‘State agency OKs use of emergency fund to lure back travelers’
The word was “lure” – a good word for headline writers because it’s short. But what struck us is the American Heritage Dictionary definition: to attract by wiles or temptation; entice.
The HTA and every other tourism advertiser here is in the enticement business – selling Hawaii’s image of a within-reach paradise. But think about what the HTA is up against. The economy is flat and probably in a “recession” that hasn’t been called yet. And then there’s the carbon.
Footprints in the Sky
Everywhere you turn there’s talk about carbon footprints – the amount of fossil fuel-generating carbon that’s produced in creating electricity and moving people by car, train, boat and airplane. Hawaii is the most isolated society on the planet, and that means every airline passenger lays down a big carbon footprint getting here.
The two conferences we’ve attended here recently calculated the carbon footprint for attendees (6.5 tons for PACON participants) and enumerated what sponsors like the Blue Planet Foundation have done to offset the fossil fuel impacts.
Times have changed, but what’s the HTA and the entire visitor industry supposed to do? Tourism is Hawaii’s monster industry and must be promoted or it’ll tank. The signs already are all around that the tanking has begun, as a story in today’s Advertiser describes:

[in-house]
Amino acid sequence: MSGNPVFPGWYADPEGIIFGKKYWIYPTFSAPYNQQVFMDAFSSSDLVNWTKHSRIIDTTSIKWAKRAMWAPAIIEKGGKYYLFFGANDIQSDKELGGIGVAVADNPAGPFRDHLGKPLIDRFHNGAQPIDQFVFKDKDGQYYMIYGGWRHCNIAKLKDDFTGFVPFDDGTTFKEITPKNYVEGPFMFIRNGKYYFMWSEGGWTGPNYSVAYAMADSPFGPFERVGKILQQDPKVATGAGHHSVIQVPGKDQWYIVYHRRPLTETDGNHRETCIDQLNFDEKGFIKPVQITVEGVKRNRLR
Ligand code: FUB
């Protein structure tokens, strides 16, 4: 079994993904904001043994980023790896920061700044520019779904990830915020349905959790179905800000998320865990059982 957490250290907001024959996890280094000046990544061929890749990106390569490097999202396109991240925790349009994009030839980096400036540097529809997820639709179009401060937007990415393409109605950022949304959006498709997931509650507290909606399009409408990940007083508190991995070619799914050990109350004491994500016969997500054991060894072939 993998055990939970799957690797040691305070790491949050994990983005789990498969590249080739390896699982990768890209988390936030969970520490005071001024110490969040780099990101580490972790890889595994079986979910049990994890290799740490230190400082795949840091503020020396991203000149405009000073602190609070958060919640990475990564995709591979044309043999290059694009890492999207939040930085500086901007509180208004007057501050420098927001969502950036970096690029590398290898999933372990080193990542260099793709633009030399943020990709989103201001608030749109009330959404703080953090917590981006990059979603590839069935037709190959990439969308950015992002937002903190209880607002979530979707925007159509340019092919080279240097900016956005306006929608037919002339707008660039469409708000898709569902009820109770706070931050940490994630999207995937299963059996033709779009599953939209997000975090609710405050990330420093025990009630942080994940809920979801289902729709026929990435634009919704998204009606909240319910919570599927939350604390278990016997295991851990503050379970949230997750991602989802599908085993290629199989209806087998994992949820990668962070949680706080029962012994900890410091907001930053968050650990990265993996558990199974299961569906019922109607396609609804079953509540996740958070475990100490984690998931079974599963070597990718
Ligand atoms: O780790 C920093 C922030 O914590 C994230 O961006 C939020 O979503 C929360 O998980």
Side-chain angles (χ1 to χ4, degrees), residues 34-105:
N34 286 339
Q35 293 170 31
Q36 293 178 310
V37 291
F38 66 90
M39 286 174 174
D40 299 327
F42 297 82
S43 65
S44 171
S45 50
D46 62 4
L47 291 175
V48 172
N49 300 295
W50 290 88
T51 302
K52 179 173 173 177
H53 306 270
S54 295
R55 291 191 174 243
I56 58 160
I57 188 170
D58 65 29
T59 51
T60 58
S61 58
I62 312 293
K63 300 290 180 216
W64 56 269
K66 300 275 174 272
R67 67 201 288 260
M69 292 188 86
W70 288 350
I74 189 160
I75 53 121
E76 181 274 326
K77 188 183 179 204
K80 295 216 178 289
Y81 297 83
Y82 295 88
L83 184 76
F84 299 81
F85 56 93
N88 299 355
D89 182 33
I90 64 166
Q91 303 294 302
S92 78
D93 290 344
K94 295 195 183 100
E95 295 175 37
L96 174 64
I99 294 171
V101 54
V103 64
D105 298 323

Hawaii’s Green Appeal
What we have here is a paradigm shift. PACON keynote speaker Dr. Pat Takahashi told the group two days ago that the higher costs of jet fuel likely will change the nature of Hawaii tourism, but so, too, will the new environmentalism and awareness of one’s personal impact on global warming.
Neither Advertiser story cited today mentions “carbon” or the environment, so we conclude HTA executives aren’t talking about the carbon footprint issue much or at all – at least, not enough to be quoted.
If that’s the case, they’re ignoring the 900-pound gorilla and might well take stock of the environmental movement and acknowledge in their public comments the shift that is taking hold in America.
Hotels might also show some sensitivity to the carbon footprint issue. When conference attendees wear jackets and sweaters to keep warm in function rooms chilled to the shiver point, something’s wrong.
Resetting the Goal
It all adds up to faster conversion to renewable energy in Hawaii than even the 2030 goal of 70 percent, which until recently seemed overly aggressive. Making Hawaii the nation’s greenest state should be the goal, whatever the percentage.
Setting out to “lure” visitors with that message could be the long-term strategy that both makes Hawaii a model for a planetary shift in energy use and rescues her tourism industry. But first, tourism officials need to start talking about it and stop whistling past the graveyard.